Today I finished threading, sleying, tying on, and weaving the first two feet or so of the fabric. I’ve been experimenting with a variety of weft colors, and ALL of them have come out gorgeous – something I had totally not expected given a bright orange warp. Even the faded-denim blue which I used for the header looked marvelous!
And the iridescence….WOW!!! If you have never played with woven iridescence, do not walk, RUN to your loom and try it! I am wild with delight. I haven’t had a chance to get the fabric off the loom yet, but just looking at it with the light at an oblique angle shows off the color changes. And the glow of the silk makes it just fantastic.
Once I finish my samples, I am considering what to do for the shawl. I’m definitely going to make it a color-changing shawl, but I’m trying to think of how best to show off the color changes. Iridescence shows up best in plainweave, so I definitely want to keep a strong plainweave component, but I also want something slightly more complex, and maybe something that involves deflected threads. The only restriction I have is that it must be weavable on a twenty-four-shaft straight draw, because that’s what the threading is.
So there are a LOT of options. I think it might even be something as simple as plainweave with small goose-eye diamonds, maybe one diamond every repeat. Just enough to give the eye something to rest on.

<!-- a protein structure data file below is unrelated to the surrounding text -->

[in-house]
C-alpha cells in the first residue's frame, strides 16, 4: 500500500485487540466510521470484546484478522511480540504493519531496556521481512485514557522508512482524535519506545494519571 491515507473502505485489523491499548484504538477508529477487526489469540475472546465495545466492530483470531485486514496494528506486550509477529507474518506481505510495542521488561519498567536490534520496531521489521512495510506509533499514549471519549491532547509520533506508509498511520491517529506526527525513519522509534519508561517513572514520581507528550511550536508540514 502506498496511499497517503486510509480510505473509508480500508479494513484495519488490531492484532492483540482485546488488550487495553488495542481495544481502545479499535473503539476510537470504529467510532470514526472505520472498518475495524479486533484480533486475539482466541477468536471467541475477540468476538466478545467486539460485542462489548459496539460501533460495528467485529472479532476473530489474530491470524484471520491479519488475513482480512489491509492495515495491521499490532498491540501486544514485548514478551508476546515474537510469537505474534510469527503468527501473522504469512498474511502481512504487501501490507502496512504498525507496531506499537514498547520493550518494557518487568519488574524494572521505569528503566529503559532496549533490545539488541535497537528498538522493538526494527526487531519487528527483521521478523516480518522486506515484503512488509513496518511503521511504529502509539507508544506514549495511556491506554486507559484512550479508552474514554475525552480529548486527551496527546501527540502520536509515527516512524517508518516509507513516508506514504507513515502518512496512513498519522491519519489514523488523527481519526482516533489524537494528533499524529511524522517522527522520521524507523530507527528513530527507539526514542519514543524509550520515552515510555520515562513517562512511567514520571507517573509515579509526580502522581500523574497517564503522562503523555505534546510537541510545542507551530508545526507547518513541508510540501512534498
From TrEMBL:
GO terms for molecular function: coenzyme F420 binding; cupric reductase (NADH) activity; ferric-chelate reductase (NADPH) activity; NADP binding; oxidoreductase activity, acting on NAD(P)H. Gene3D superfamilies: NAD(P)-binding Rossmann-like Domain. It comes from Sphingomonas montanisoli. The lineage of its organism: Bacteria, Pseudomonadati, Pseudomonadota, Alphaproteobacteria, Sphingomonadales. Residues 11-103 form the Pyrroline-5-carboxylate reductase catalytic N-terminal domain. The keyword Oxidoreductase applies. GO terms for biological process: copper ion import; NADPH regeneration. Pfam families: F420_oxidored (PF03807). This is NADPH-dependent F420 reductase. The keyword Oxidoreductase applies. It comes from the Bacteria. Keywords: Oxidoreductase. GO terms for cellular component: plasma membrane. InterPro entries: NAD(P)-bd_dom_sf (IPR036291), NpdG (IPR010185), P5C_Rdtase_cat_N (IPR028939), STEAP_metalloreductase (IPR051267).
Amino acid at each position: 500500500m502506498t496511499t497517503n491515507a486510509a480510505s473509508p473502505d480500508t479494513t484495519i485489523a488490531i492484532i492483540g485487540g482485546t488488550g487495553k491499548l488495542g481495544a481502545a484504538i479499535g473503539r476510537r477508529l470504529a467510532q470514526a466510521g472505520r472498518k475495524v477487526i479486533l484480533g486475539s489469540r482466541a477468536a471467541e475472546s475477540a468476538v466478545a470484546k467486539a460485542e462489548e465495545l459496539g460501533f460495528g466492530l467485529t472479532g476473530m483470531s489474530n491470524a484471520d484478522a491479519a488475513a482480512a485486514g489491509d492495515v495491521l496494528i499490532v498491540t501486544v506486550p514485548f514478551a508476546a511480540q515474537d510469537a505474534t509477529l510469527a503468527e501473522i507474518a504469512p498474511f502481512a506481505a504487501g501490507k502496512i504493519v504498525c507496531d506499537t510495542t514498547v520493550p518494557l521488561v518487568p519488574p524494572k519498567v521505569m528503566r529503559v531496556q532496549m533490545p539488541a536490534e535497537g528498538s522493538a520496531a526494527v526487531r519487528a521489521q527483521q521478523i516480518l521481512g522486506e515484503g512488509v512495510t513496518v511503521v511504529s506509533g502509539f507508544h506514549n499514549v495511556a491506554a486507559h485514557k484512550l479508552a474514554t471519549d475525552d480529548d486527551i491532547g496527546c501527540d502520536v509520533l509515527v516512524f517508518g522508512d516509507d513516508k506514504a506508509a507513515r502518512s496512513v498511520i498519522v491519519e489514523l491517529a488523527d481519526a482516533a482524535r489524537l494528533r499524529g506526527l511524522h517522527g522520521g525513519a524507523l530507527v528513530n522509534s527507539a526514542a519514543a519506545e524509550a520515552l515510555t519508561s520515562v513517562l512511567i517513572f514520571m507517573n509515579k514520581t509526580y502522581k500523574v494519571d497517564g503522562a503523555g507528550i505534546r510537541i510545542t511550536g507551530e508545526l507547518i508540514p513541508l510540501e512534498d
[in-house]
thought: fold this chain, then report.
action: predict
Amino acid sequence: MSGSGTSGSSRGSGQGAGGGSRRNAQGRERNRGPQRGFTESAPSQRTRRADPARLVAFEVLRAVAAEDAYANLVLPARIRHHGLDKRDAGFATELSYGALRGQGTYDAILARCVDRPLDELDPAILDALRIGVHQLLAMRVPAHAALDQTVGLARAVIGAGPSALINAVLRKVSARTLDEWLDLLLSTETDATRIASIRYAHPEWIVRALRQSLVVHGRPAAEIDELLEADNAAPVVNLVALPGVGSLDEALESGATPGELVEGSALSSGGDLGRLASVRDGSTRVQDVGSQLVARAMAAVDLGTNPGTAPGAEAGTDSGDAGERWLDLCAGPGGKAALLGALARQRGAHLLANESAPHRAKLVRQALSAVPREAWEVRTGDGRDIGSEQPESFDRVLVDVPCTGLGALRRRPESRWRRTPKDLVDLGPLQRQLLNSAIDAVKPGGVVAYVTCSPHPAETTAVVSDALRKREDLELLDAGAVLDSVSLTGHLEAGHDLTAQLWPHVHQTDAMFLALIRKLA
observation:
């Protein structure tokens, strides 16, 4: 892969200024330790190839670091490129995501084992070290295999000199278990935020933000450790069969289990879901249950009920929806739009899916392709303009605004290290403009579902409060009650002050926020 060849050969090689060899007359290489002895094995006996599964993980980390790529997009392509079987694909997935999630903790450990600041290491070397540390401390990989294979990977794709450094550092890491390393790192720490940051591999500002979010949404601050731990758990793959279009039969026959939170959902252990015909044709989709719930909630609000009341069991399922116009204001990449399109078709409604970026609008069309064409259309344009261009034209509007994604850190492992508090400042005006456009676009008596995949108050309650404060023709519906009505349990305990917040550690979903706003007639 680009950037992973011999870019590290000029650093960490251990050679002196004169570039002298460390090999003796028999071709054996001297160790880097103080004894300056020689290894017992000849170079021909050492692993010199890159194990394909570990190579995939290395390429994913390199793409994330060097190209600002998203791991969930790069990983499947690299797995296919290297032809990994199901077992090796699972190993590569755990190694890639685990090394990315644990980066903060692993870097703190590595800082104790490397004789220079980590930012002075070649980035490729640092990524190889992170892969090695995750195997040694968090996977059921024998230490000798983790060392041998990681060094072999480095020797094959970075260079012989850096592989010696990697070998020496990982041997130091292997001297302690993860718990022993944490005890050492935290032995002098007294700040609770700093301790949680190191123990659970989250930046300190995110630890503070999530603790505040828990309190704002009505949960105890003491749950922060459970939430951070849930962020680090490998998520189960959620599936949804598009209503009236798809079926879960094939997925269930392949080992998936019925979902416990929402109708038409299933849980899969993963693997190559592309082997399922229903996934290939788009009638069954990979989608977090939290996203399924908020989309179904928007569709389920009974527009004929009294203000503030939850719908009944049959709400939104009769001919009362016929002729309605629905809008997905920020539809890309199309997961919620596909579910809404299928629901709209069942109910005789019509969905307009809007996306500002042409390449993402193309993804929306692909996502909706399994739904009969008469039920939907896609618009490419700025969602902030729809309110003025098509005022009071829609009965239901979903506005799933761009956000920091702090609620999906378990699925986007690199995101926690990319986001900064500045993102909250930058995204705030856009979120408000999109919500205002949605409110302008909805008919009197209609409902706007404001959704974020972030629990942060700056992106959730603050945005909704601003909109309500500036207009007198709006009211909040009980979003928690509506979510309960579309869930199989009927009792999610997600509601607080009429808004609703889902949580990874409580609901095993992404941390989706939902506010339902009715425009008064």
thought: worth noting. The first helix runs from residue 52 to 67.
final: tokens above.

I think that (once I finish up with the first set of samples) I’m going to sample this pattern:
I worry a little bit about whether the areas of diamonds, having fewer interlacements, would produce tension problems eventually; I also worry a little bit about those sections collapsing inwards, since, again, they have fewer interlacements. But this is what sampling is for!
I expect to finish weaving off this warp tomorrow and to start putting on a new warp of fine white mohair (of the non-fuzzy type). I’m thinking that for this one, I’ll make one more attempt at making back-to-front warping work with the warping wheel. If that doesn’t work, I’m going to go to Kathy’s suggestion of putting a tension box on the warping wheel and using it to warp sectionally. (Alas, I have neither a warping mill nor room for one; I agree with Kate that it would be the best solution.)
I actually don’t think it’s the warping wheel at fault; I think my problem with sectional beaming is that my sections do not line up exactly. So I will try using the plain beaming method first.